Weekend 488.2

St George's CathedralWent to Mass at St. George’s Cathedral in Southwark. It was the first Roman Catholic Cathedral in London since the Reformation. It was also severely damaged in WWII by an incendiary bomb and visited by his Holiness Pope John Paul II in 1982.

The outside of the cathedral is very modest whilst the interior is similar to my own adopted parish of St. Margaret’s of Scotland in terms of its lack of ostentation. It’s accessible and cozy and the latter is not a word typically associated with cathedrals. There is some stained glass but it must be relatively new since the one dedicated to the Order of the Holy Sepulchre is from 1996. The glass is etched with the following:

“Pray for the Deceased Members of the Equestrian Order of the Holy Sepulchre of Jerusalem 7th December 1996.”

I also learned more about the persecution and martyrdom of Catholics in the UK (Weekend 482.3). One of the few features in the cathedral to survive damage during the blitz was a memorial to Provost Thomas Doyle. The plaque next to the memorial reads:

“Two and a half centuries of penal laws against Catholics followed the Reformation of Henry VIII. By the 18th century some attitudes towards Catholics had changed but there was still a great deal of hostility.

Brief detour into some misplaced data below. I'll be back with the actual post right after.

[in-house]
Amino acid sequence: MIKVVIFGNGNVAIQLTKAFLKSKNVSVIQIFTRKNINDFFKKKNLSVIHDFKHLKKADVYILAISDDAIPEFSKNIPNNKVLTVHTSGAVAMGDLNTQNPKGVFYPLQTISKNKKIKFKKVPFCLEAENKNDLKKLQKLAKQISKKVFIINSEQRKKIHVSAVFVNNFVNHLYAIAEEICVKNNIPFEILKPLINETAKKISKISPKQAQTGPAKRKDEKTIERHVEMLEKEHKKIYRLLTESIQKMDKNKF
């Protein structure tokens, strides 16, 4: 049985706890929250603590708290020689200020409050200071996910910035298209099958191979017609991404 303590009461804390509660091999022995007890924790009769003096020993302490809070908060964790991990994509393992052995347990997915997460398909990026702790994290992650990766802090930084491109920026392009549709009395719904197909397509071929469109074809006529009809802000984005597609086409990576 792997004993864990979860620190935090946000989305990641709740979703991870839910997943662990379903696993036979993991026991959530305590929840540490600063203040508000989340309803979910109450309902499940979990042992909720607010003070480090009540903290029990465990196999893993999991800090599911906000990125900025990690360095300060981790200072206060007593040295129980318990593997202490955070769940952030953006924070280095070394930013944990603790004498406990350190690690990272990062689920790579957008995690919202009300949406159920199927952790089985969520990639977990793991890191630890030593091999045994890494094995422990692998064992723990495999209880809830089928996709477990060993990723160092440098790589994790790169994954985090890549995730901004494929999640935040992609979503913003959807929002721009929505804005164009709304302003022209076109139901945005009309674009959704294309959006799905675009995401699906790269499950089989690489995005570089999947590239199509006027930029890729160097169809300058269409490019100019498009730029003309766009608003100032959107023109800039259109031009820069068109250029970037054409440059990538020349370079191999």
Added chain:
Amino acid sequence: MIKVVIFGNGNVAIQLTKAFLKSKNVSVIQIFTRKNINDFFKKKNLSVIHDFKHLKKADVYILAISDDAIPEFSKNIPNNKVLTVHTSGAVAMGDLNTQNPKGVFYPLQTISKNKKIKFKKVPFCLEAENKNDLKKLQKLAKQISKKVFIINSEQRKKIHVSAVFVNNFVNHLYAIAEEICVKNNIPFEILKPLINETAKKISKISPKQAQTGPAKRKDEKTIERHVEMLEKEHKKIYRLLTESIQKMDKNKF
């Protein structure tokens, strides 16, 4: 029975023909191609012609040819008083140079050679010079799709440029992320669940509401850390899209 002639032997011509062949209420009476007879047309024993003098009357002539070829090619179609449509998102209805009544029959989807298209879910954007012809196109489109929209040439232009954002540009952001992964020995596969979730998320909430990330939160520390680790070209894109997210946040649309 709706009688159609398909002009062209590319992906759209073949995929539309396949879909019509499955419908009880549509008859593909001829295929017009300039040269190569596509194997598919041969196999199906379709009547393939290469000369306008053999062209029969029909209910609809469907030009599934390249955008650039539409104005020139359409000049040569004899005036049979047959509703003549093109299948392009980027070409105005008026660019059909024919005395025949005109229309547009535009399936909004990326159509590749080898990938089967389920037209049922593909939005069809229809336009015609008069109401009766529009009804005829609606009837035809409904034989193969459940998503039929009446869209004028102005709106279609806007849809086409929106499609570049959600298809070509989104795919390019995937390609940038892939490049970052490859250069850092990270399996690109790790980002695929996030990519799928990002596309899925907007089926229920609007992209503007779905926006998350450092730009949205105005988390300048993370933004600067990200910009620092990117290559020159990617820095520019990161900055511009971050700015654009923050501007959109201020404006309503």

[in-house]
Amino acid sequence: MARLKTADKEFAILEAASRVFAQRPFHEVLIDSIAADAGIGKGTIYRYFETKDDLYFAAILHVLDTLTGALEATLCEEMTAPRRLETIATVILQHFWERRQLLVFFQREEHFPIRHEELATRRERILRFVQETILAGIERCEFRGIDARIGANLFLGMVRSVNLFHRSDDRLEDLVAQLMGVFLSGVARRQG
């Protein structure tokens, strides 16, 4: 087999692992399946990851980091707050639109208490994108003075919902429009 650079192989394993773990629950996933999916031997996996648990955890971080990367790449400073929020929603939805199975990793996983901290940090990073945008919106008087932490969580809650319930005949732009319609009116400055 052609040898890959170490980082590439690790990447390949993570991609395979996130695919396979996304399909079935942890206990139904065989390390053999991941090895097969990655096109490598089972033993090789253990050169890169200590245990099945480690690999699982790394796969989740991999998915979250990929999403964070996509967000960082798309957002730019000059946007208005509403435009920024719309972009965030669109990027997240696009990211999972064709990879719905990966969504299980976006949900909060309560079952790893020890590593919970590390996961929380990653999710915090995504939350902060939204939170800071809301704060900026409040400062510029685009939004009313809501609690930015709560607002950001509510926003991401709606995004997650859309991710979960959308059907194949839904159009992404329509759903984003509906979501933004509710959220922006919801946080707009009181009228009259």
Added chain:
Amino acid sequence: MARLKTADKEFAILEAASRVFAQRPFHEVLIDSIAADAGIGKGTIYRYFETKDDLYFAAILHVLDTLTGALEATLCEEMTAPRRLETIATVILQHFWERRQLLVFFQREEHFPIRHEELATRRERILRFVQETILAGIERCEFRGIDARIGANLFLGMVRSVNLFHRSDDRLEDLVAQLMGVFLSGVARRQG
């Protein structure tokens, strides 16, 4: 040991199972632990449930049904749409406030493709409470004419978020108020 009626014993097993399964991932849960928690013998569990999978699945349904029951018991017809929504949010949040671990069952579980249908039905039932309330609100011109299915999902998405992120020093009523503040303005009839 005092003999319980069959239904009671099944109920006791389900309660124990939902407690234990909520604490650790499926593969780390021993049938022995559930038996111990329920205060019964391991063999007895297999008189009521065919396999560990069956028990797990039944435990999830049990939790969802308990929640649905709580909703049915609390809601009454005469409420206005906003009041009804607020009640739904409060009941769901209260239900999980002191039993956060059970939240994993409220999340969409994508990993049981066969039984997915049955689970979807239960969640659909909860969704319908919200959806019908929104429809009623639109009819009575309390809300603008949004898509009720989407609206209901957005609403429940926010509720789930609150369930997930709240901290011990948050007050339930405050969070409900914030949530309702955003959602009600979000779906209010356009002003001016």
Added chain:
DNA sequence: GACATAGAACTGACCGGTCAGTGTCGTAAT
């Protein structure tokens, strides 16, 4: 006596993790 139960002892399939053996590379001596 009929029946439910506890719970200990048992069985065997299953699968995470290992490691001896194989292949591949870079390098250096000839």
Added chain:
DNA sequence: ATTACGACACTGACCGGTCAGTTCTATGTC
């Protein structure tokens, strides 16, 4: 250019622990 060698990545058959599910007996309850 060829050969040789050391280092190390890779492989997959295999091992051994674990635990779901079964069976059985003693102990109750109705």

In 1778 the first Catholic Relief Act allowed priests to minister openly and Catholics to buy or inherit property. This was not popular with everyone and in 1780 Lord George Gordon gathered about 50,000 protesters in St George’s Fields. They were to march to Westminster to present a petition seeking the repeal of the Act. What was initially a peaceful protest turned into a violent rampage, later known as the Gordon Riots. The cathedral stands on land which was once part of the same fields where Gordon gathered his followers.”

Lord George Gordon was an interesting fella and the riots were the subject of the Charles Dickens novel Barnaby Rudge. This quote from History Today about the Gordon Riots is interesting (the ghost of Santayana):

“The Gordon Riots, however, which showed how easily a big political gathering could erupt out of control into terrifying mass violence, sent a chill down the collective spine of the English propertied and ruling classes that lasted for years and helped to inspire repressive legislation and harden resistance to reform.”

In Our Time: S21/33 The Gordon Riots (May 2, 2019)

Unrelated Weekend Historical Note
Visited St. Peter in Petersham and the graveyard is the burial place of Captain George Vancouver.

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